An elastic collision between two phonons results in the conservation of pseudomomentum. This is merely the time averaged momentum carried by the wave of oscillating center of masses.
    An Umklapp collision between two phonons results in the total momentum of the colliding phonons being changed by one reciprocal lattice. Thus, some of the momentum associated with the center of mass of the unit cell gets becomes associated with the relative motions of the atoms in the unit cell.
    Thus, the real momentum can be conserved while the pseudomomentum is not conserved.
     
  13. Jun 13, 2012 #12

    DrDu

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    While the momentum of each atom varies clearly with time (although only infinitesimally), the point is that with a periodic wave of infinite extension, the spatial average is always zero. So there is no time averaging implied.
     
  14. Jun 13, 2012 #13
    For a transverse phonon the motion of the individual atoms is perpendicular to the pseudo-momentum. Trying to derive the pseudo-momentum or the real momentum transfer from the time-averaged motion of the individual atoms does not make sense.
     
  15. Jun 13, 2012 #14
    The spatial average of momentum has to be zero for a standing wave. However, the spatial average for momentum does not have to be zero for a traveling wave. There is a "radiation pressure" associated with traveling waves. The "radiation pressure" is the result of the time averaging the momentum.
    I don't have a reference nor have I worked out the mathematical details for a phonon in a crystal. However, I can visualize how a traveling wave in a crystal can move the center of mass of the crystal. I know of two good analogs for "the real momentum" of a phonon.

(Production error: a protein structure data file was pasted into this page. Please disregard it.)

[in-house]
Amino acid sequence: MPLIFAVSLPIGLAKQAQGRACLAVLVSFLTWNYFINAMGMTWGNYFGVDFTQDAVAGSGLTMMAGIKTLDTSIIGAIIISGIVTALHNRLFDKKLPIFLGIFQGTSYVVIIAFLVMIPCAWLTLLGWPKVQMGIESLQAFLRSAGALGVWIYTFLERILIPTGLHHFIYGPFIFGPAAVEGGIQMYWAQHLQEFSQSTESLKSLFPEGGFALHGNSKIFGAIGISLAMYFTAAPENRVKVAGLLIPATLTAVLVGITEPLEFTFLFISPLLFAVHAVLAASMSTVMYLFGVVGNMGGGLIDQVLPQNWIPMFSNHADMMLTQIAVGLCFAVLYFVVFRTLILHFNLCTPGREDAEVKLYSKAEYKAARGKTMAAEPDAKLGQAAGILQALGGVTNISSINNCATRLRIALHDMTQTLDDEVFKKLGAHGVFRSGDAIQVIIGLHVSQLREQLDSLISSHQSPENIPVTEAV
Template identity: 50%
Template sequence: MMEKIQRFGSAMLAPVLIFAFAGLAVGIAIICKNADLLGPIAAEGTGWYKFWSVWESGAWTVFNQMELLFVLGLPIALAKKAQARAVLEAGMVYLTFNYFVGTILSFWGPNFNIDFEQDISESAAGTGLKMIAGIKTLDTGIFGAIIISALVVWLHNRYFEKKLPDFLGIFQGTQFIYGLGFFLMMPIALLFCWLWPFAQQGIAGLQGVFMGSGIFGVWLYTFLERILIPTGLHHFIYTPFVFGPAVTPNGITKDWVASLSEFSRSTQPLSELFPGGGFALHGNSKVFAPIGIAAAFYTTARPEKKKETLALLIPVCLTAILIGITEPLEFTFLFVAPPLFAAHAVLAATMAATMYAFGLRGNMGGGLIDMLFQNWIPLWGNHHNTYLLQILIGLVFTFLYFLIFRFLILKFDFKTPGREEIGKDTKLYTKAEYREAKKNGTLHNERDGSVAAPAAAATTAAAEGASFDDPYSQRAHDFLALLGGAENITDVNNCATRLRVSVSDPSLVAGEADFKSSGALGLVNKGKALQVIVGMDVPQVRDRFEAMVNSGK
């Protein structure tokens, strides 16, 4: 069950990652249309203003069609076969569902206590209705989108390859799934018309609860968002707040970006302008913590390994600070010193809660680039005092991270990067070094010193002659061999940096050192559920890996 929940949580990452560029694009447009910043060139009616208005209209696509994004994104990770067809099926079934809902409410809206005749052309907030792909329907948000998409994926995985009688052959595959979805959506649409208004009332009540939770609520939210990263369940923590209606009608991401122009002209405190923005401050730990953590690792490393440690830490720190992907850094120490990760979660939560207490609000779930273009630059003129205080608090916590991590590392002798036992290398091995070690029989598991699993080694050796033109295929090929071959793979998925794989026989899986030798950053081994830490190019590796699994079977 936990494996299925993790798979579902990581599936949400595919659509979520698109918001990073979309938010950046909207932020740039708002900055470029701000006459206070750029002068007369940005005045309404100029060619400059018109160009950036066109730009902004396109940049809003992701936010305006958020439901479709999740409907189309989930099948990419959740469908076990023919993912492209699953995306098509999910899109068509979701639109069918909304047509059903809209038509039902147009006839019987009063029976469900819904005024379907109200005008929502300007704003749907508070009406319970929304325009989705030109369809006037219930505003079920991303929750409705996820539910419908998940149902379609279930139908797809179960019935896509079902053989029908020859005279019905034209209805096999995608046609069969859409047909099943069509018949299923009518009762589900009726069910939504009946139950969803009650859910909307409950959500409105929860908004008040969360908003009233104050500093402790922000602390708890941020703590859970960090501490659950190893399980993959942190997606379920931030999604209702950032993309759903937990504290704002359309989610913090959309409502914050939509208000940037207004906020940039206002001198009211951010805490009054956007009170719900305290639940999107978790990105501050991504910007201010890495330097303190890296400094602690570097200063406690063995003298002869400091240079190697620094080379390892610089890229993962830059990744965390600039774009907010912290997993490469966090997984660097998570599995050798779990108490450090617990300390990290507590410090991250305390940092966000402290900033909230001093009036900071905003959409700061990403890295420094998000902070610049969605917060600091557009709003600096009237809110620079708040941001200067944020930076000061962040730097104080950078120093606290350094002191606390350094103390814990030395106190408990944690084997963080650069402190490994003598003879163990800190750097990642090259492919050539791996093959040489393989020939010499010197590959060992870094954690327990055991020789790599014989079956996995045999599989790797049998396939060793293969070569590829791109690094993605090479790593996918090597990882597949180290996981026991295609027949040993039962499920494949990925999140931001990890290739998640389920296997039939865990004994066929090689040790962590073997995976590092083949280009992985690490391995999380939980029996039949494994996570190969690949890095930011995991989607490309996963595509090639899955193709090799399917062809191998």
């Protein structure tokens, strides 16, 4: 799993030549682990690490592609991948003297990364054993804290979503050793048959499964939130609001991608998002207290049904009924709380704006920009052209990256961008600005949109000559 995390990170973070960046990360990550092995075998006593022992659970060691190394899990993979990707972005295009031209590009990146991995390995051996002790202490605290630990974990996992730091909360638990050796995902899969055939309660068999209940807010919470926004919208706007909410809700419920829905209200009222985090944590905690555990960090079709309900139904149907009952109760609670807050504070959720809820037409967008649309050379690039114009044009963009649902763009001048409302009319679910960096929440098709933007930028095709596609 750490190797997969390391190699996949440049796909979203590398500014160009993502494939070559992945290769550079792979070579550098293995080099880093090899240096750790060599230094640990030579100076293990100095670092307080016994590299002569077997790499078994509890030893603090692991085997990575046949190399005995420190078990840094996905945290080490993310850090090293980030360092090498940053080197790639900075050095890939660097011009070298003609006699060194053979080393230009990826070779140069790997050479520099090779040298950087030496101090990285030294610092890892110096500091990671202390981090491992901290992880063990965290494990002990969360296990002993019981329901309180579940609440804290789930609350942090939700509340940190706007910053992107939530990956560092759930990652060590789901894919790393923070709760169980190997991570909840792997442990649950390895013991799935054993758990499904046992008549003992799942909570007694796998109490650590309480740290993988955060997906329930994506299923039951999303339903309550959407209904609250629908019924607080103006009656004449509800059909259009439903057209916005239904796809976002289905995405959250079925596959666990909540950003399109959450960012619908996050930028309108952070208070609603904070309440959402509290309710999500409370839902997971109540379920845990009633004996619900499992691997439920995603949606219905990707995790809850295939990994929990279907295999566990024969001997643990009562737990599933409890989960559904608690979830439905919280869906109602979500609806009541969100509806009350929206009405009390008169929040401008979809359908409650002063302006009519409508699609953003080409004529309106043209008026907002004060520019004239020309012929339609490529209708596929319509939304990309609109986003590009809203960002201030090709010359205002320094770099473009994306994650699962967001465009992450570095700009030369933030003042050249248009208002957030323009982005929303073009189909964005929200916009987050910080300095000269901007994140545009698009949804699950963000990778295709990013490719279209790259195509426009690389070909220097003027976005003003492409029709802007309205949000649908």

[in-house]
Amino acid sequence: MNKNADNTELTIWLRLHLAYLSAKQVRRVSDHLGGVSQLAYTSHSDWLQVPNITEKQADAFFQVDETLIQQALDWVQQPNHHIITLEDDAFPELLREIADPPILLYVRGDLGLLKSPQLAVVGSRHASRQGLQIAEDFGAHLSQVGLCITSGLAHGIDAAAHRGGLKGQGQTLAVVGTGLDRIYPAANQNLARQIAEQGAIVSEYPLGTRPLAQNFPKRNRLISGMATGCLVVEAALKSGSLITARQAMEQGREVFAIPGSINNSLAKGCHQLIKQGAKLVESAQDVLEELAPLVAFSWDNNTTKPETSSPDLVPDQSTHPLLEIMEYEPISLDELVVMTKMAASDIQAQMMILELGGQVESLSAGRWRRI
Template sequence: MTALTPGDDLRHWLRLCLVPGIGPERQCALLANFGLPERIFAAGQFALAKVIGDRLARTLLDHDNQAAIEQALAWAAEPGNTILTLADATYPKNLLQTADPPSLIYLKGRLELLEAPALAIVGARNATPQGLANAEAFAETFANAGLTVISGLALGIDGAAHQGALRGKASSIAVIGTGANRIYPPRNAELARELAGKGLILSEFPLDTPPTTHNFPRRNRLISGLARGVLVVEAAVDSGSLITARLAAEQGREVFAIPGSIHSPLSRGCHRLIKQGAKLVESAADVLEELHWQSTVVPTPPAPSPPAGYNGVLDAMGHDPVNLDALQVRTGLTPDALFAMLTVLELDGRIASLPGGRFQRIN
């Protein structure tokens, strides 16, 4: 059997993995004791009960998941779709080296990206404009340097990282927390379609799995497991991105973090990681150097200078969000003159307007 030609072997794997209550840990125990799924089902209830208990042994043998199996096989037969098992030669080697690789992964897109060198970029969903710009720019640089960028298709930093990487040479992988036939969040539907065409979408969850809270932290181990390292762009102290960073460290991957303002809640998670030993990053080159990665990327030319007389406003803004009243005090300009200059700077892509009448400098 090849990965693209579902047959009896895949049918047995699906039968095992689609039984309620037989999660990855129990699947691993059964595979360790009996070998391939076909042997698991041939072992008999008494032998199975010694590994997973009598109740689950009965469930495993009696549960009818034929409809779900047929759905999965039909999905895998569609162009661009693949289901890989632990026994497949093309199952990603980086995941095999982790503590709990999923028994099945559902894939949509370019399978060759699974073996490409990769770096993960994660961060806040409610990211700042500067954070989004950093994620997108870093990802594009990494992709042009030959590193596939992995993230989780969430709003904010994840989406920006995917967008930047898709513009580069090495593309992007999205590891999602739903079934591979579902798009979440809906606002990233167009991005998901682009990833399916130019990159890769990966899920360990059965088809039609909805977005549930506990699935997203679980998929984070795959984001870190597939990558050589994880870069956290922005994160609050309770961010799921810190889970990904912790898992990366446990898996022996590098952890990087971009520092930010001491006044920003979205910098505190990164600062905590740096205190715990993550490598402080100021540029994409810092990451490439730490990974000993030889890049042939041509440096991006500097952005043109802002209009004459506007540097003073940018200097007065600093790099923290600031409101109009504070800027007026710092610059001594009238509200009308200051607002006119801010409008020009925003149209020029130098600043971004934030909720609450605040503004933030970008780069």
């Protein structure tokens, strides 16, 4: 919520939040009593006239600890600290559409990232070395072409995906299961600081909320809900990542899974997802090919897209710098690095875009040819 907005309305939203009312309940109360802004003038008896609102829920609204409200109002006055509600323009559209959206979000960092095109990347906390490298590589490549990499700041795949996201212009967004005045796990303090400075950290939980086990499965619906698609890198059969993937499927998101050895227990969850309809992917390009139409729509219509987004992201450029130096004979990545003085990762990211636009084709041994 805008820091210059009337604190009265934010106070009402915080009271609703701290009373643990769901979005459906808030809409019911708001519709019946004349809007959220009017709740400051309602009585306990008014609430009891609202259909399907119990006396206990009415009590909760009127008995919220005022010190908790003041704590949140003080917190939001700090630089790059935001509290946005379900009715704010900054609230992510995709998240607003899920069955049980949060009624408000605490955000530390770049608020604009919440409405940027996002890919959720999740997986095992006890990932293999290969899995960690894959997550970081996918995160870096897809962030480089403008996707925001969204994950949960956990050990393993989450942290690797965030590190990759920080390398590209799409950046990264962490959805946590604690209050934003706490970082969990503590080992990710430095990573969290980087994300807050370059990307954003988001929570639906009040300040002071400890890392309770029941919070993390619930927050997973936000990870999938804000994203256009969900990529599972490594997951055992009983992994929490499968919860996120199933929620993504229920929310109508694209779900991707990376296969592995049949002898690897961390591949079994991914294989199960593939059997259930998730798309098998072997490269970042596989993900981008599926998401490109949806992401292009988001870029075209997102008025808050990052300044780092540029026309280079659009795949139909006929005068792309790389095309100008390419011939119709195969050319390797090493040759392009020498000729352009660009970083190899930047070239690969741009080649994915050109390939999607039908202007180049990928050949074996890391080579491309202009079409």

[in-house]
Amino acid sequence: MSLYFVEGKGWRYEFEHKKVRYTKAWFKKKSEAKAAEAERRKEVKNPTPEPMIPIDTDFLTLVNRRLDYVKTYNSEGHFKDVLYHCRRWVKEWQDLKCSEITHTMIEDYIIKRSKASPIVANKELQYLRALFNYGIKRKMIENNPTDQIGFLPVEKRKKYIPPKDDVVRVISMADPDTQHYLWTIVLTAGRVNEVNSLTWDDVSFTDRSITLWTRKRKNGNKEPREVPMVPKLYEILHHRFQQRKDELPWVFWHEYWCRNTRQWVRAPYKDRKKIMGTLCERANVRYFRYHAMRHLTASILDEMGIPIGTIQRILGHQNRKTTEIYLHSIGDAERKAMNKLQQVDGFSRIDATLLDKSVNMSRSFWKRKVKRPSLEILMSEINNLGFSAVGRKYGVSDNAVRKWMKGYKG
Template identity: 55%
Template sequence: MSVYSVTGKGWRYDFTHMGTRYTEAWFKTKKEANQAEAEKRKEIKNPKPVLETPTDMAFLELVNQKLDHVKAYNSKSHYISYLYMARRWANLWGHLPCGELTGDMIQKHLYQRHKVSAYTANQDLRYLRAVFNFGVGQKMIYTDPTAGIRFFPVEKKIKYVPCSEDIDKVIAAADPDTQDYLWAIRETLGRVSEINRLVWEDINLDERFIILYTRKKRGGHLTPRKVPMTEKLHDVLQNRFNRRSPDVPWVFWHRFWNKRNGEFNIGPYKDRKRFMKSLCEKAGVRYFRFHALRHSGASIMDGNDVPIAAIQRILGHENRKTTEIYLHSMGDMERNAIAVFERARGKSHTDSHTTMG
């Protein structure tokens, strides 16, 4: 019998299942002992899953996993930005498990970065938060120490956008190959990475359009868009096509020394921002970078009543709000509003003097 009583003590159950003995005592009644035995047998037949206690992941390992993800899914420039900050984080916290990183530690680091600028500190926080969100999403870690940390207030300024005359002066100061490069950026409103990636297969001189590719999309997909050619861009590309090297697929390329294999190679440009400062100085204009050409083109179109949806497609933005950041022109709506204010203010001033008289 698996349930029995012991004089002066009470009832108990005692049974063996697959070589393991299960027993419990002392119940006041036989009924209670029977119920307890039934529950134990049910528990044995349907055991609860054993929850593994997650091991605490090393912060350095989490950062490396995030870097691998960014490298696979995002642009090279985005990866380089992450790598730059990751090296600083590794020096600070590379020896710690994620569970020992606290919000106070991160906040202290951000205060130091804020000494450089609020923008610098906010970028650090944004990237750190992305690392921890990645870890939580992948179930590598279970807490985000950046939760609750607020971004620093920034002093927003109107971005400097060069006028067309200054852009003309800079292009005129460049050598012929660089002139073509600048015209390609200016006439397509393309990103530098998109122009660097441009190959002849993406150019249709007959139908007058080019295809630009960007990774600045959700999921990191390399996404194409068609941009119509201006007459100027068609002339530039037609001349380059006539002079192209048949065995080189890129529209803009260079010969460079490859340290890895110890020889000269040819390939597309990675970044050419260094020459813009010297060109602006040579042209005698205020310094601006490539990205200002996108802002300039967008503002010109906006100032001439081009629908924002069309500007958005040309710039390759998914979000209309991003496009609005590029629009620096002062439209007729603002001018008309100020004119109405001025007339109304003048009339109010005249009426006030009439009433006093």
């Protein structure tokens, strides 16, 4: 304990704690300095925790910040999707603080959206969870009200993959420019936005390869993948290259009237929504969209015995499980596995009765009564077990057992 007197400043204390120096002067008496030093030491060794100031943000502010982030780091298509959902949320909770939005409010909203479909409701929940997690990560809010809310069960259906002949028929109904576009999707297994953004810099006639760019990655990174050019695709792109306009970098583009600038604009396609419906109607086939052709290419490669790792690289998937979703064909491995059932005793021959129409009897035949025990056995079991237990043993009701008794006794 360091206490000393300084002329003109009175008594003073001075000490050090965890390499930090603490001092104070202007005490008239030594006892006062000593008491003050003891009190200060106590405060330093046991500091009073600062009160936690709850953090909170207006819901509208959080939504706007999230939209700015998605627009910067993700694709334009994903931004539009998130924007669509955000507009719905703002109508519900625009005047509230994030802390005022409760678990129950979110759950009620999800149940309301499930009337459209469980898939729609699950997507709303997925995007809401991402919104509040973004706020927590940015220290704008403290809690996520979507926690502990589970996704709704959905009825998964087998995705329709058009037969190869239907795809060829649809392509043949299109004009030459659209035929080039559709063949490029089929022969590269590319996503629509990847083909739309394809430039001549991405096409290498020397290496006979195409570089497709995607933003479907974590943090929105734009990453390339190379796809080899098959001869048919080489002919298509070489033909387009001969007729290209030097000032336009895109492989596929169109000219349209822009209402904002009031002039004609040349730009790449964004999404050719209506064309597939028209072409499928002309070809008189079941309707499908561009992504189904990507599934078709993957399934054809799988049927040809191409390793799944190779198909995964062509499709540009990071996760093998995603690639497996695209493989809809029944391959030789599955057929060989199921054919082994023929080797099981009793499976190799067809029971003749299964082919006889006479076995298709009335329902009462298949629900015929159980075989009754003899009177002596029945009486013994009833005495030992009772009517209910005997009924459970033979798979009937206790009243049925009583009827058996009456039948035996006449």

Ocean waves have a pressure associated with them. It is sometimes said that ocean waves don't move water. Most of the motion of water in an ocean wave is in a circle. Because of the circular motion, the time averaged current caused by an ocean wave is unexpectedly small. However, it is not zero. The Stokes current is a term describing the time averaged flow of water in an ocean wave.
    Electromagnetic waves are comprised of oscillating electromagnetic fields. At any one instant, the force on an electrons caused by an electromagnetic wave can be large. However, the time averaged force of a traveling electromagnetic wave is not zero. The combination of electric and magnetic fields results in a component of force on the electron which is not zero. This results in a traveling electromagnetic waving having a radiation pressure.
    A traveling wave mode in a crystal would have to be similar "Stokes current". If two mirror image traveling waves where excited in a crystal, the superposition would be a standing wave. There is no "Stokes current" for a standing wave. However, a single traveling wave mode would have to have a nonzero "Stokes current" associated with it. There would have to be a time averaged translation of the crystal atoms associated with the traveling wave.
    Imagine a traveling wave in a finite crystal. The crystal has boundaries. The traveling wave has to be emitted at the beginning of the crystal and absorbed on the other end of the crystal. Spatial averaging the momentum of the entire crystal, end to end, won't be zero. The momentum at the boundaries are not balanced.
    I just realized that this may be the real answer to the OP's question. I admit that I hadn't thought it out completely. However, let me try again.
    I am trying to learn this, too. The OP's question got me interested. I discovered that I don't know my field as thoroughly as I though. So I am trying out different definitions of "momentum". Feel free to correct me if you find a flaw.